Daily Tax Update - March 19, 2010

HOUSE LEADERS CONTINUE TO SEARCH FOR VOTES – PELOSI PREDICTS BILL WILL PASS: House Democratic leaders are working to garner the 216 votes necessary to pass the health care bill. A vote is expected Sunday. House Rules Chairwoman Louise Slaughter said yesterday, “We’ve got a surplus. We’ve got some spares.” Meanwhile, House Speaker Nancy Pelosi also predicted the bill would pass. Pelosi said, “We feel very strong about where we are.”

  • For the first time, the Medicare payroll tax would be applied to investment income, beginning in 2013. A new 3.8-percent tax would be imposed on interest, dividends, capital gains, and other investment income for individuals making more than $200,000 a year and couples making more than $250,000. The bill also would increase the Medicare payroll tax by 0.9 percentage points to 2.35 percent on wages above $200,000 for individuals and $250,000 for married couples filing jointly.
  • Other Changes to the Senate-passed bill include:
    • Tax on High-Cost Health Insurance Plans. The 40-percent excise tax on so-called Cadillac health insurance plans would begin in 2018, be indexed to the consumer price index (CPI) plus one for 2019, and then rise annually by the CPI beginning in 2020.
    • Economic Substance Doctrine. The bill clarifies the application of the economic substance doctrine so that transactions will be treated as having economic substance only if they change the taxpayer's economic position in a meaningful way and the taxpayer has a substantial purpose for the transaction, other than changing federal income tax liability.
    • Tax on Medical Devices. The bill removes a provision from the Senate-passed bill establishing an annual fee on medical device manufacturers and creates a new excise tax on medical device sales equal to 2.9 percent of the price of the device.
    • Ways and Means Committee Ranking member Dave Camp said, “This is the problem with a $1 trillion bill. They've got to find all these ways to pay for it.”
  • A summary of the bill can be accessed here

TAX BILLS INTRODUCED MARCH 18TH:
H.R.4877: To amend the Internal Revenue Code of 1986 to encourage investment in certain industries by providing an exclusion from tax on certain gains.
Sponsor: Rep Polis, Jared [CO-2] (introduced 3/18/2010)      Cosponsors (3)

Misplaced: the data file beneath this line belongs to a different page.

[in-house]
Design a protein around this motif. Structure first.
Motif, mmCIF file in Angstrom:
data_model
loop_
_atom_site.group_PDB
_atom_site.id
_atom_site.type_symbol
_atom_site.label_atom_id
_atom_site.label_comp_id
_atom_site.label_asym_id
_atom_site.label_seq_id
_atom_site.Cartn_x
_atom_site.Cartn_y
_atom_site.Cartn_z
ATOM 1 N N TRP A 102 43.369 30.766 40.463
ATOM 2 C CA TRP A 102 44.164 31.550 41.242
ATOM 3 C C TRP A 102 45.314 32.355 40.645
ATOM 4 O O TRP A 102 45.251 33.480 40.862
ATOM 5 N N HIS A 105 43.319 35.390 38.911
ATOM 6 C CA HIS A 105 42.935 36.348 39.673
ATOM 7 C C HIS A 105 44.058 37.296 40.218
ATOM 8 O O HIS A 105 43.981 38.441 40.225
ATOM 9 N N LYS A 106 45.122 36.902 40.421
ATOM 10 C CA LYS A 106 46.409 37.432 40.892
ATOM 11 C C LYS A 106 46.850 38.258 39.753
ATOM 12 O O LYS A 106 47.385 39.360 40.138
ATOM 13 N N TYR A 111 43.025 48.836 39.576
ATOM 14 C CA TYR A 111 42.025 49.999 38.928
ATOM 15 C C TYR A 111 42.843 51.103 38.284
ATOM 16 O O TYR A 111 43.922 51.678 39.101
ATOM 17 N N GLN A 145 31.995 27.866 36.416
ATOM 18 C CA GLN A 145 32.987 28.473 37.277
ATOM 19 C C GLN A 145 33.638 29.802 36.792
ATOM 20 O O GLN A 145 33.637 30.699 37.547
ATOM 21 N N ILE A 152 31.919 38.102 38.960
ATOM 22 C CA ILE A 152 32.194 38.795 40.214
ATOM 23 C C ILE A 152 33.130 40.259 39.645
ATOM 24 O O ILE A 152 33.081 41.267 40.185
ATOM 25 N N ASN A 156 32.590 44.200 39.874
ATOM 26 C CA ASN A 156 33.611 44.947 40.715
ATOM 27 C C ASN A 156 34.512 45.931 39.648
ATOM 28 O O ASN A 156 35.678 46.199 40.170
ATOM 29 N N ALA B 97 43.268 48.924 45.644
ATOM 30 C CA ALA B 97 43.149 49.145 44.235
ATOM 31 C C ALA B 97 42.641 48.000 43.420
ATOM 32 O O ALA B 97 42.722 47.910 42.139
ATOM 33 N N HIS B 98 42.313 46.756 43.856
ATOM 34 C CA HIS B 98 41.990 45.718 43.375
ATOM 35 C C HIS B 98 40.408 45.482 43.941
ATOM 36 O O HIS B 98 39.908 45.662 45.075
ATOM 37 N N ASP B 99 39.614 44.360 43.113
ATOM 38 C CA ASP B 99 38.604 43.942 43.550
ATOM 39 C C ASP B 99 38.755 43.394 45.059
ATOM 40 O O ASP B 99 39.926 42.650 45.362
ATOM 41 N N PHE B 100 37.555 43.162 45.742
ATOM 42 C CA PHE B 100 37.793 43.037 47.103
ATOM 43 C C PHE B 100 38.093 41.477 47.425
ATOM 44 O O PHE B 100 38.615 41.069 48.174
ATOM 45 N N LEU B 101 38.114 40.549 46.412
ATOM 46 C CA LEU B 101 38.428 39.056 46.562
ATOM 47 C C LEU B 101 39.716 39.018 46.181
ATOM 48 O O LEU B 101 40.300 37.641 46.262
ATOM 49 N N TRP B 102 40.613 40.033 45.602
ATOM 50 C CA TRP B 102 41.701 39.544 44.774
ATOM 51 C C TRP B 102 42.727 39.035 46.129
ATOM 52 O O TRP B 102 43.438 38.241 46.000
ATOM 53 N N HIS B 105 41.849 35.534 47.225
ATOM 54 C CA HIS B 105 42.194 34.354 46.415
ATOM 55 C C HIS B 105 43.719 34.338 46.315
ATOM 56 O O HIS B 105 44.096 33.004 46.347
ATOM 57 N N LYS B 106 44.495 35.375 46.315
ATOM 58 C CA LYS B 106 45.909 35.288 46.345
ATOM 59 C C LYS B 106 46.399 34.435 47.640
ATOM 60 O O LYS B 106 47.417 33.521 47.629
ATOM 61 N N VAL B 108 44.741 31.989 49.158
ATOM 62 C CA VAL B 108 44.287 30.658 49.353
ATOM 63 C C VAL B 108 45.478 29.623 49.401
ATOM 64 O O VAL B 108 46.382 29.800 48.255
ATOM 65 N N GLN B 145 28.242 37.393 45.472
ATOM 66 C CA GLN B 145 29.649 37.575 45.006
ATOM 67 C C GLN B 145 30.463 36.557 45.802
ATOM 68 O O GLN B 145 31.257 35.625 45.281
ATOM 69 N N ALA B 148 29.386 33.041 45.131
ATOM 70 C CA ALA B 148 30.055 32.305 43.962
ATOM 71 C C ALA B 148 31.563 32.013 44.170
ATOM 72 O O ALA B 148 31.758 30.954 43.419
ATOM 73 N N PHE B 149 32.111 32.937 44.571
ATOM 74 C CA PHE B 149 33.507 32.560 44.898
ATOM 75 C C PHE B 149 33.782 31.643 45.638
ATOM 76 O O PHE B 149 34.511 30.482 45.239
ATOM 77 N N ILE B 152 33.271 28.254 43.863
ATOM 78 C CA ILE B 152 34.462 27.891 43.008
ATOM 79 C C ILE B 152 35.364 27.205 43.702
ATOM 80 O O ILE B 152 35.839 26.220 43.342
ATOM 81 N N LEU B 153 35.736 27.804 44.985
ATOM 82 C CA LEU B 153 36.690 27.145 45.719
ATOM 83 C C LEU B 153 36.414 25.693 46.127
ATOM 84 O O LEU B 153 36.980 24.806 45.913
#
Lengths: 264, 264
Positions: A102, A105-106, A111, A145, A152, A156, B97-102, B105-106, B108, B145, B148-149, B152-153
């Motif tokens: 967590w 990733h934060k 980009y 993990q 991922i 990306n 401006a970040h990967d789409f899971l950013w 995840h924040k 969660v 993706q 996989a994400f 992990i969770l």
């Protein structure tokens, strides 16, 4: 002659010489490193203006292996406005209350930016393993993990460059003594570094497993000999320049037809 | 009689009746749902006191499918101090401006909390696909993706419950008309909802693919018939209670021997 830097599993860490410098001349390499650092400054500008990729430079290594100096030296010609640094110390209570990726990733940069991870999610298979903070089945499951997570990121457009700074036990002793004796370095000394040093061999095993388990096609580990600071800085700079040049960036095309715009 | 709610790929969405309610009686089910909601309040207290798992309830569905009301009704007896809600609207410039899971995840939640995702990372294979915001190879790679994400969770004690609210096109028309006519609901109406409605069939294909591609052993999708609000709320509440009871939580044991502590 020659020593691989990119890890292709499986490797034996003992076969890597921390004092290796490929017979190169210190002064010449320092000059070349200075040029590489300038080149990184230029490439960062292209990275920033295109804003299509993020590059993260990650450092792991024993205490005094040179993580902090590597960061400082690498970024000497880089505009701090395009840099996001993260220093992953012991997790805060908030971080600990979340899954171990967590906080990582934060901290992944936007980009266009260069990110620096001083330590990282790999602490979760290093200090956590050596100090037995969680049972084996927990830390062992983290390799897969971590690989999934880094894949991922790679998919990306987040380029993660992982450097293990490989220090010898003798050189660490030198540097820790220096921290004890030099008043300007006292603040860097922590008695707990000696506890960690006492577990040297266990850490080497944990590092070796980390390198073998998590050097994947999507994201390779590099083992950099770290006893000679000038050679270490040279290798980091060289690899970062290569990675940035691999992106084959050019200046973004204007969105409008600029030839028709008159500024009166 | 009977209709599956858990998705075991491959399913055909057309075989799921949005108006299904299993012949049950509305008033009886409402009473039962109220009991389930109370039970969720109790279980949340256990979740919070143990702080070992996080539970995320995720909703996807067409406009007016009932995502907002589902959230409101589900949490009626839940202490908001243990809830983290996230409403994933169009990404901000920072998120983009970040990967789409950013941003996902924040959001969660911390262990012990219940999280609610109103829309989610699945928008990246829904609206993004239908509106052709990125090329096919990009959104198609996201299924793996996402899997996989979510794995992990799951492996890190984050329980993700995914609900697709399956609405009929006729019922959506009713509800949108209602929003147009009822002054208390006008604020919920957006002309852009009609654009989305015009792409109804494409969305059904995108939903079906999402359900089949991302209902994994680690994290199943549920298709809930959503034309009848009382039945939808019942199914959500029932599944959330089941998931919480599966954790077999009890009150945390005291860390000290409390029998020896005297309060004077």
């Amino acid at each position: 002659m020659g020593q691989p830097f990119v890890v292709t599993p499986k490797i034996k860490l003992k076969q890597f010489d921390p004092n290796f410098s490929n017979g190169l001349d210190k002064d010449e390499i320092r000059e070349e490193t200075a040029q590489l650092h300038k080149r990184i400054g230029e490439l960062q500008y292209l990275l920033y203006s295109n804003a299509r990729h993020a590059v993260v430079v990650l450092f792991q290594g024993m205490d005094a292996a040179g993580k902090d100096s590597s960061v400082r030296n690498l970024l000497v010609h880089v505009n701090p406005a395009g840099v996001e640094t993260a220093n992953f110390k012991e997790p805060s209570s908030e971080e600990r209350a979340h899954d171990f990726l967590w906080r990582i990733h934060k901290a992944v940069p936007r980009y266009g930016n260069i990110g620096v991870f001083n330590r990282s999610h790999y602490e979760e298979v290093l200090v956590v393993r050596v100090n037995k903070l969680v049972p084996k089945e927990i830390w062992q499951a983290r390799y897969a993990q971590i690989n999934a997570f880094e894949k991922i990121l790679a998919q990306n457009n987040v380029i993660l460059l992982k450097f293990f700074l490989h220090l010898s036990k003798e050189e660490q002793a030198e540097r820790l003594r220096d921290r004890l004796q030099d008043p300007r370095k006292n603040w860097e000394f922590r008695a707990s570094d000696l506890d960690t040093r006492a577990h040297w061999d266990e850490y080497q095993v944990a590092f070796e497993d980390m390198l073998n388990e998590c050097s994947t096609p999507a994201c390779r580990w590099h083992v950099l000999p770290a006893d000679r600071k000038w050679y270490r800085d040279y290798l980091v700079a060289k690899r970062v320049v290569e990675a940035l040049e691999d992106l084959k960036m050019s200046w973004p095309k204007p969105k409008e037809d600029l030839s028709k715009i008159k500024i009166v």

H.R.4878: To amend the Internal Revenue Code of 1986 to reduce the rate of tax on corporations that make certain education contributions.
Sponsor: Rep Young, Don [AK] (introduced 3/18/2010)      Cosponsors (None)

H.R.4881: To amend the Internal Revenue Code of 1986 to allow individuals a deduction for costs incurred to remediate the presence of drywall containing elevated levels of sulphur or strontium in the principal residence of the taxpayer, a deduction for alternative living costs incurred by reason of the need to vacate such residence because of such drywall, and a credit against income tax for the costs of moving to and from the temporary living quarters.
Sponsor: Rep Wittman, Robert J. [VA-1] (introduced 3/18/2010

S.3136: A bill to amend the Internal Revenue Code of 1986 to extend and increase the exclusion for benefits provided to volunteers firefighters and emergency medical responders.
Sponsor: Sen Dodd, Christopher J. [CT] (introduced 3/18/2010)      Cosponsors (1)

S.3137: A bill to amend the Internal Revenue Code of 1986 to provide that solar electric property need not be located on the property with respect to which it is generating electricity in order to qualify for the residential energy efficient property credit.
Sponsor: Sen Udall, Mark [CO] (introduced 3/18/2010)      Cosponsors (2)

S.3141: A bill to amend the Internal Revenue Code of 1986 to provide special rules for treatment of low-income housing credits, and for other purposes.
Sponsor: Sen Bingaman, Jeff [NM] (introduced 3/18/2010)      Cosponsors (5)

INTERNAL REVENUE SERVICE - CIRCULAR 230 DISCLOSURE:
As provided for in Treasury regulations, advice (if any) relating to federal taxes that is contained in this communication (including attachments) is not intended or written to be used, and cannot be used, for the purpose of (1) avoiding penalties under the Internal Revenue Code or (2) promoting, marketing or recommending to another party any plan or arrangement addressed herein.

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